New release

A new book, edited by ethologist Mark Bekoff, presents an argument for why we need to change our attitudes about nature. His goal is to critique the implicit (and sometimes explicit) attitude of domination and exploitation with which humans approach the natural world, and replace it with an attitude of “compassionate conservation”.

 

The chapters in the book are organized into sections onIgnoring_front_1-1 ”Ethics, conservation, and animal protection”, “Conservation behavior and enlightened management”, “Conservation economics and politics”, “Human dimensions of justice, empathy, and compassion” (in which section I’m pleased to have a chapter included), and “Culture, religion, and spirituality”. The goal is to look at animal conservation from all sides, including practical and moral perspectives, human and animal concerns, and make a strong argument for thinking about our responsibility to the natural world.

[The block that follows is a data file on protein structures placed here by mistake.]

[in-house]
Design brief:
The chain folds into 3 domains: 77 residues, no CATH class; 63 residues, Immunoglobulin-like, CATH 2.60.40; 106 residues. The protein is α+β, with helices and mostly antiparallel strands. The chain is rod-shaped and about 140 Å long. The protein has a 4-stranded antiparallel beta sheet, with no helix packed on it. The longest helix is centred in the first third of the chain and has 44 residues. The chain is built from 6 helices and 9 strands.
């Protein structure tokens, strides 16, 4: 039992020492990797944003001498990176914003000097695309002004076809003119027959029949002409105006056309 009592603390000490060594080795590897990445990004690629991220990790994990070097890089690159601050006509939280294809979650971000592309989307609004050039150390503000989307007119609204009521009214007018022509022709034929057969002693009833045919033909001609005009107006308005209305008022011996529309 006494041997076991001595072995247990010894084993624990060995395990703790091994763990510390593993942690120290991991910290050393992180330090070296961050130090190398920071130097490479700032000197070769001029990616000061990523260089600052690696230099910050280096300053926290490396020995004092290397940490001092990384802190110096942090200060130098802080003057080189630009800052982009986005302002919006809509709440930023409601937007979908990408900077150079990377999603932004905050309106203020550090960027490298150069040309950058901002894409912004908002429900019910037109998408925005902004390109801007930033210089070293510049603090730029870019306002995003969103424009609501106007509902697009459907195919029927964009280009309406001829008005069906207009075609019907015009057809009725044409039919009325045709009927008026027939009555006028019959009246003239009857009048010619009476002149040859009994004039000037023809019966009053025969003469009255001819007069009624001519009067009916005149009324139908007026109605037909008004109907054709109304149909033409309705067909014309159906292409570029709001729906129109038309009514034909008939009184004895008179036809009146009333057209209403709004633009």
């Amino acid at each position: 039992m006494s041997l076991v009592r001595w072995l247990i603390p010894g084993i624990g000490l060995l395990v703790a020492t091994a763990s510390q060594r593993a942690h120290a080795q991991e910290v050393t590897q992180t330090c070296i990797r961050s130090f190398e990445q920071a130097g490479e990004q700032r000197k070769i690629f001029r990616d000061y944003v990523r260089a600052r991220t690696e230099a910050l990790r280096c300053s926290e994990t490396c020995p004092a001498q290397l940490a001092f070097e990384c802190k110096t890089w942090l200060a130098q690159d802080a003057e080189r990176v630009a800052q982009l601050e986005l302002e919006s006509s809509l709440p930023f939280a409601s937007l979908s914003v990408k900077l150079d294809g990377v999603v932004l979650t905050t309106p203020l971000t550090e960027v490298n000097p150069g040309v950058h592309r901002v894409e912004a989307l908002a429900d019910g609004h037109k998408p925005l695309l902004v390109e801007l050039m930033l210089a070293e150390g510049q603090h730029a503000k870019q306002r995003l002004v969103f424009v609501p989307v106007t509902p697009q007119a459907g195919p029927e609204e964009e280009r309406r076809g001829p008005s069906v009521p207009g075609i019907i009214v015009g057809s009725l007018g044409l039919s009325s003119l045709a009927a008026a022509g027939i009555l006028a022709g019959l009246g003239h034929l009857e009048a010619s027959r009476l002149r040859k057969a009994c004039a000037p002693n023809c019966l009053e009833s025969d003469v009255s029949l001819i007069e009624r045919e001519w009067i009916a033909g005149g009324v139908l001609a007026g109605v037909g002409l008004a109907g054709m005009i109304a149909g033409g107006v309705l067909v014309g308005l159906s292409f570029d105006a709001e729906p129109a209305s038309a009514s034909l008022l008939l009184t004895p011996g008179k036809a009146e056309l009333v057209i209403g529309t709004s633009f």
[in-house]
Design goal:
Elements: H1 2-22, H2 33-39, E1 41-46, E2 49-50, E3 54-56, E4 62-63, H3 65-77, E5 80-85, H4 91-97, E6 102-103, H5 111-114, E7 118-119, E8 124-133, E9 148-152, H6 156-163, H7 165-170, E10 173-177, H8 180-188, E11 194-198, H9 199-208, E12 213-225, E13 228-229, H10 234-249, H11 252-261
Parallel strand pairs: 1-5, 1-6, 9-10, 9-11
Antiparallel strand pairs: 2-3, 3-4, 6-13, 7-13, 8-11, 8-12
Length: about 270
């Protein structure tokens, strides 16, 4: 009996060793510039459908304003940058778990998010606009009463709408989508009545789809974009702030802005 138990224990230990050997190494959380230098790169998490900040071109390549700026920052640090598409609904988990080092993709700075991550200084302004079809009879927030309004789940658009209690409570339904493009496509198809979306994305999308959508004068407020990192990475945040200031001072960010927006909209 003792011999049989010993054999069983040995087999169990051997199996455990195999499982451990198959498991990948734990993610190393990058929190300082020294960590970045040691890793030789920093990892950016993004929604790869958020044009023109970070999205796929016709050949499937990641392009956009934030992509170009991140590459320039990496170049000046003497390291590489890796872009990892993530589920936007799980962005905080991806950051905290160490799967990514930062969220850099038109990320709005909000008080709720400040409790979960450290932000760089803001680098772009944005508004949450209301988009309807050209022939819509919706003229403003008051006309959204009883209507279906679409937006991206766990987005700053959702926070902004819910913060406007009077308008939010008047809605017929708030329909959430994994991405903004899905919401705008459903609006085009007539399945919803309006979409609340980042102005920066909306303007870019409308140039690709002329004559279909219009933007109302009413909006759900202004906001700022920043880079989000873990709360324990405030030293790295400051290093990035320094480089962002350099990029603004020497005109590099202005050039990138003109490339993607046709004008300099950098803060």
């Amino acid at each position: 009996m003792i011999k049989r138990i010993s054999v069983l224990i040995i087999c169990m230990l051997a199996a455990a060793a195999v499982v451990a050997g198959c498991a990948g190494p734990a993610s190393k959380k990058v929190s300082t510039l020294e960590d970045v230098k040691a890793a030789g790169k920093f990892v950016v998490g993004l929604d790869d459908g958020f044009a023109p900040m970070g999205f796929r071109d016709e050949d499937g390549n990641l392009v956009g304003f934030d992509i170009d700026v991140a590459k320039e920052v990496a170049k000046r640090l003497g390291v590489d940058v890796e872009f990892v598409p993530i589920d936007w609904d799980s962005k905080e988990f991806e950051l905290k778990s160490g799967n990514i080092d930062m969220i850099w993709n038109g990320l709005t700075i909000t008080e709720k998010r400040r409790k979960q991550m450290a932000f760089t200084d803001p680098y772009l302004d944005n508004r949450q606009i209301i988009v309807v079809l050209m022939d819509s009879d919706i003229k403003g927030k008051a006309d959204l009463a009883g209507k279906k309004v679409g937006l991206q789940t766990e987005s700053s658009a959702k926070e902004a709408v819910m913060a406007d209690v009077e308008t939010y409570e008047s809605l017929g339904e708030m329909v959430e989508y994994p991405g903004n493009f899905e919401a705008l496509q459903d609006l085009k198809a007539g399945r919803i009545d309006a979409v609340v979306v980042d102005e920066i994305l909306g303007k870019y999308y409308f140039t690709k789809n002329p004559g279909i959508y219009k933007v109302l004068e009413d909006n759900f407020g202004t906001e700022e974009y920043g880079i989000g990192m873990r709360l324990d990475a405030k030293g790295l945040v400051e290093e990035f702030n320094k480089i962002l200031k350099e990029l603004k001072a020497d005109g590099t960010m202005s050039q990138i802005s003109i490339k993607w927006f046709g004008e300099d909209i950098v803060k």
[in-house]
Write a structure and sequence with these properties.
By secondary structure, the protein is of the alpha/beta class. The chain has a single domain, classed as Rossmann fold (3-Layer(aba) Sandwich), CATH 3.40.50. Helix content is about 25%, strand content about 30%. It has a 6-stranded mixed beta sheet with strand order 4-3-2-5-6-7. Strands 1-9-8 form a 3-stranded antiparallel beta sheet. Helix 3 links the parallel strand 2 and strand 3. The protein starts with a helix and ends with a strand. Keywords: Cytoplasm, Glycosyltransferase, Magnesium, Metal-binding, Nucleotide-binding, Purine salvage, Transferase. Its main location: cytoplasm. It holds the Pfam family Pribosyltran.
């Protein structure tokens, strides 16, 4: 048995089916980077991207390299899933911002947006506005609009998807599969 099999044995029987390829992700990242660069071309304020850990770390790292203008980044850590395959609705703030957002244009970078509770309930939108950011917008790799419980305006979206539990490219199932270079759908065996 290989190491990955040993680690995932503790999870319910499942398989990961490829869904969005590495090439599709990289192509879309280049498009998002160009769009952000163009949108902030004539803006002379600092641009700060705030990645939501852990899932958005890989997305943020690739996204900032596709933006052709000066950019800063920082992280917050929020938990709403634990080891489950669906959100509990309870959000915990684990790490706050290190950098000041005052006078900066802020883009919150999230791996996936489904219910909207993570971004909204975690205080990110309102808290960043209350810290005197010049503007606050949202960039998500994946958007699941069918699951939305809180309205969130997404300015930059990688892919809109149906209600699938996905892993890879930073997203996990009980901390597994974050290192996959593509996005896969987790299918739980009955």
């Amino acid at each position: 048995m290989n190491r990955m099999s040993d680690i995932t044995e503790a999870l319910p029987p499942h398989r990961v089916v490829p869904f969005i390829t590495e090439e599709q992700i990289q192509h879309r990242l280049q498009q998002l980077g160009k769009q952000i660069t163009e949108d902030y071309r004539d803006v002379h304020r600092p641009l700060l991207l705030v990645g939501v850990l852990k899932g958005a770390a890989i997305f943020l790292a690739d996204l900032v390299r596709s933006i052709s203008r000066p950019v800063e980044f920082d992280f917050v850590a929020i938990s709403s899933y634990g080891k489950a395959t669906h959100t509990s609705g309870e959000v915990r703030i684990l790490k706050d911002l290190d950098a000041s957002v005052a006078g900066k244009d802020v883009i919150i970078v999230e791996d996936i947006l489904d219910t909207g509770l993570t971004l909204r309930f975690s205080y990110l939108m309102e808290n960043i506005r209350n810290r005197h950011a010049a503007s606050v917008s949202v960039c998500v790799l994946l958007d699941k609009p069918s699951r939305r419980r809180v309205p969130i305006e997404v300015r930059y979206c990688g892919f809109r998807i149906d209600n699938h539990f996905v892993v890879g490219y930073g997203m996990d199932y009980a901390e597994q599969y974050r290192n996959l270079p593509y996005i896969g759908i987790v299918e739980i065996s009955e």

I hope that it makes those already committed to conservation think more about the complexities involved. Those who aren’t interested in conservation, unfortunately, probably won’t read it. Ignoring_back

 

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